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New house map: End of WNC's longest running electoral matchup & Buncombe could get even more blue

Districts to be used for NC House of Representatives elections in 2022
Districts to be used for NC House of Representatives elections in 2022

New district maps for General Assembly elections this year will end Western North Carolina’s longest-running electoral feud.

Republican Mike Clampitt currently represents District 119. He and Democrat Joe Sam Queen of Haywood County have flipped that seat back and forth between each other the past five elections. But this fall, it appears they won’t be facing each other for the first time since the 2010 election. Western Carolina University political scientist Dr. Chris Cooper explains how 119 was redrawn.

“Jackson County and Swain County will remain together. But instead of being paired with part of Haywood County, the 119 is now paired with Transylvania County,” said Cooper.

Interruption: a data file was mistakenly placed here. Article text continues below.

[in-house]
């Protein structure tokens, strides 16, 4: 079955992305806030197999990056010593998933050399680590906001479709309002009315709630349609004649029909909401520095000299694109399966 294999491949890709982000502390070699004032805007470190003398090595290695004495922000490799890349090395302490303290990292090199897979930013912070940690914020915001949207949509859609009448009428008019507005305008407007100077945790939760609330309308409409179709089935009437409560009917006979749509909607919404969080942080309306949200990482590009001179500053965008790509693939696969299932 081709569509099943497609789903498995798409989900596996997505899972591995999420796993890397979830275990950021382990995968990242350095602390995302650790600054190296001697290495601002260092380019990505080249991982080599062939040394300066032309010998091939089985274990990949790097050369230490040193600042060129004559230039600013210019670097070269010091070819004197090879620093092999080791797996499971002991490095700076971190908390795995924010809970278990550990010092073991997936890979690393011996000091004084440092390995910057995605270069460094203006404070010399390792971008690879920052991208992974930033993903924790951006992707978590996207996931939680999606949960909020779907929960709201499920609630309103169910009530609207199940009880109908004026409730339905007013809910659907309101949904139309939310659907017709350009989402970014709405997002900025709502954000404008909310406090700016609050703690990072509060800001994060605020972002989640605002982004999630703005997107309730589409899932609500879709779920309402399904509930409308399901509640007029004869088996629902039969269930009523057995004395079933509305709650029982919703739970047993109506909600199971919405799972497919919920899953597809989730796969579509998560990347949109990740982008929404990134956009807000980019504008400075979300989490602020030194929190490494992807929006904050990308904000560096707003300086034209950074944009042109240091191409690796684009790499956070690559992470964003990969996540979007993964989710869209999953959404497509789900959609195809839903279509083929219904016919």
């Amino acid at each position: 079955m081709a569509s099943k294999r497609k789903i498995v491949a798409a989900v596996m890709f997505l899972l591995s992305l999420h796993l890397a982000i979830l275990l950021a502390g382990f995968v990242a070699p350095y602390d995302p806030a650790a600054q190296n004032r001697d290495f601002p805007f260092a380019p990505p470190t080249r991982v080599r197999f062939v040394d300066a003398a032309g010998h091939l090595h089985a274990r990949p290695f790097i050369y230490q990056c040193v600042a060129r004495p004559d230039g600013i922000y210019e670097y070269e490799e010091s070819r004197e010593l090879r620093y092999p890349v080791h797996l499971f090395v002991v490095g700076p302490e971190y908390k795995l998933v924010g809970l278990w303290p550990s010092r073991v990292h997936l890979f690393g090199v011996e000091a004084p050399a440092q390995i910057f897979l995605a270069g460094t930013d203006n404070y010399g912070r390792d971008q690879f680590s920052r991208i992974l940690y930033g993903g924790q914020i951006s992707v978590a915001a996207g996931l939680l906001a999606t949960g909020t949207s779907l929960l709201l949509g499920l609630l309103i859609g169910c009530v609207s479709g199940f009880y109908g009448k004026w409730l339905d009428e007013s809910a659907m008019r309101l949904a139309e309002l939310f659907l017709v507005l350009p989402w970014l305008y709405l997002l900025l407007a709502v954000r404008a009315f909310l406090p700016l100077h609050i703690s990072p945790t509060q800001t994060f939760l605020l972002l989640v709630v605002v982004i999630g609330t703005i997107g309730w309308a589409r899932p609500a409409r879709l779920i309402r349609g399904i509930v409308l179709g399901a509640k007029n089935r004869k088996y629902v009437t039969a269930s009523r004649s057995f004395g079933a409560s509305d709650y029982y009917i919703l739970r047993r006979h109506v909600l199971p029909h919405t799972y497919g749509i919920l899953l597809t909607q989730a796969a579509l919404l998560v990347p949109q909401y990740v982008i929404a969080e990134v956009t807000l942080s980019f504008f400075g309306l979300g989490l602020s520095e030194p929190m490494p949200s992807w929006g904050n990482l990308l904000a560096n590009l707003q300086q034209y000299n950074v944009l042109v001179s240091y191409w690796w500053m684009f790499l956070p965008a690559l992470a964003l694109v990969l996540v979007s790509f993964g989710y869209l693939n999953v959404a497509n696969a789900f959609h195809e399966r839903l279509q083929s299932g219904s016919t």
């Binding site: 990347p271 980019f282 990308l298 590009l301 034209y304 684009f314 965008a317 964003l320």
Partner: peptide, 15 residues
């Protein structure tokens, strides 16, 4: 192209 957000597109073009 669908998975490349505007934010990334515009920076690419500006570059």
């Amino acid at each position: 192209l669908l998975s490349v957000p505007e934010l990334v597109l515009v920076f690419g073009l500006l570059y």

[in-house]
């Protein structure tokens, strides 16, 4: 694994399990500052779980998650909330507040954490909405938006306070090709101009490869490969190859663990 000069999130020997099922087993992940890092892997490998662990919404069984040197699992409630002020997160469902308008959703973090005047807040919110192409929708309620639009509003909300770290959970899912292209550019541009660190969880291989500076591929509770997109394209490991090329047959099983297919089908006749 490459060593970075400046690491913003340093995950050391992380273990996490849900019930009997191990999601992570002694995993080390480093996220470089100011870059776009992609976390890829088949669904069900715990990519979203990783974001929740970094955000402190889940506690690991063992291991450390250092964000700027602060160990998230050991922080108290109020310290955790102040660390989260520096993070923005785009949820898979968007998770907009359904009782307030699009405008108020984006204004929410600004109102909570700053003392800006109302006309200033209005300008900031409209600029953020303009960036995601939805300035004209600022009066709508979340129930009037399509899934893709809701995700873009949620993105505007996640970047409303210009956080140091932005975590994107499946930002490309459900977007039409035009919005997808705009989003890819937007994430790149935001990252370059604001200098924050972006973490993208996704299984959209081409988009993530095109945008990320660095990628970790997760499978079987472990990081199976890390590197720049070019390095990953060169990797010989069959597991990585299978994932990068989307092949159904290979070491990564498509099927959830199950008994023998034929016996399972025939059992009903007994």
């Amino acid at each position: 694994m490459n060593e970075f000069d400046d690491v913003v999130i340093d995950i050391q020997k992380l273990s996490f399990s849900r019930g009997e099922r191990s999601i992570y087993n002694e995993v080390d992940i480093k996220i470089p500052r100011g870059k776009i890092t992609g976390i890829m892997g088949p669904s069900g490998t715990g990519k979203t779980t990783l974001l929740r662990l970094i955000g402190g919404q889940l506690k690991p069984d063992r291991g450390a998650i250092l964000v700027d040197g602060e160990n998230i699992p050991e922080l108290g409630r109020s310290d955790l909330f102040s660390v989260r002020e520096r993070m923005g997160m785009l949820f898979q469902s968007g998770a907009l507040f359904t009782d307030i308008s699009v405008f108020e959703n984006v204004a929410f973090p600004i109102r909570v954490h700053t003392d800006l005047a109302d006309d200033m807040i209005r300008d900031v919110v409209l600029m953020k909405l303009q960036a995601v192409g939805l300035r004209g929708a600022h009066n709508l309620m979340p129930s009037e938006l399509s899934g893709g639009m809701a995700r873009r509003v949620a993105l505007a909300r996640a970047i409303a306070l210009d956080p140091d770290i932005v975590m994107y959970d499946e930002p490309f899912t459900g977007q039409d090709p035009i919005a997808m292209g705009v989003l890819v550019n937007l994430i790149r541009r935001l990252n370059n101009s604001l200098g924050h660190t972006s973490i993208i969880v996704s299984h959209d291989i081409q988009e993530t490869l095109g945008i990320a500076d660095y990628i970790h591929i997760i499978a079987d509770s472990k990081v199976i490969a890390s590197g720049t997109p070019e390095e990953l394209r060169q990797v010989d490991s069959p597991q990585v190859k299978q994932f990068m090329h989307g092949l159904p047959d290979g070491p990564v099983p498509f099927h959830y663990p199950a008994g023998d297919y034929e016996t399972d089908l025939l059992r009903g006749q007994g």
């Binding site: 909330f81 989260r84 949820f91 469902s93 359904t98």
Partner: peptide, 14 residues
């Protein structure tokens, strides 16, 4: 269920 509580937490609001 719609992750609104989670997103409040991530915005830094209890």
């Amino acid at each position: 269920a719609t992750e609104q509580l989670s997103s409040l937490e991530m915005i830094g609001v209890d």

The 116th district in Buncombe County – currently represented by Democrat Brian Turner who announced he won’t seek reelection - will also look different. That's at least from the original map that had been drawn by leading Republicans in the General Assembly, which the state supreme court ruled an illegal partisan gerrymander.

“There was an earlier version that had it as a lean Republican district, but it is now lean Democrat," Cooper said. "It looks similar but not identical to what was used in the 2020 election.”

Of added importance, Buncombe County commissioner elections follow the district maps used for the county’s three state house seats, which Democrats all hold. Under the new map, the party might be able to take all seven spots on the board, as the seat of the lone Republican commissioner Robert Pressley is on the ballot this fall.

Matt Bush joined Blue Ridge Public Radio as news director in August 2016. Excited at the opportunity the build up the news service for both stations as well as help launch BPR News, Matt made the jump to Western North Carolina from Washington D.C. For the 8 years prior to coming to Asheville, he worked at the NPR member station in the nation's capital as a reporter and anchor. Matt primarily covered the state of Maryland, including 6 years of covering the statehouse in Annapolis. Prior to that, he worked at WMAL in Washington and Metro Networks in Pittsburgh, the city he was born and raised in.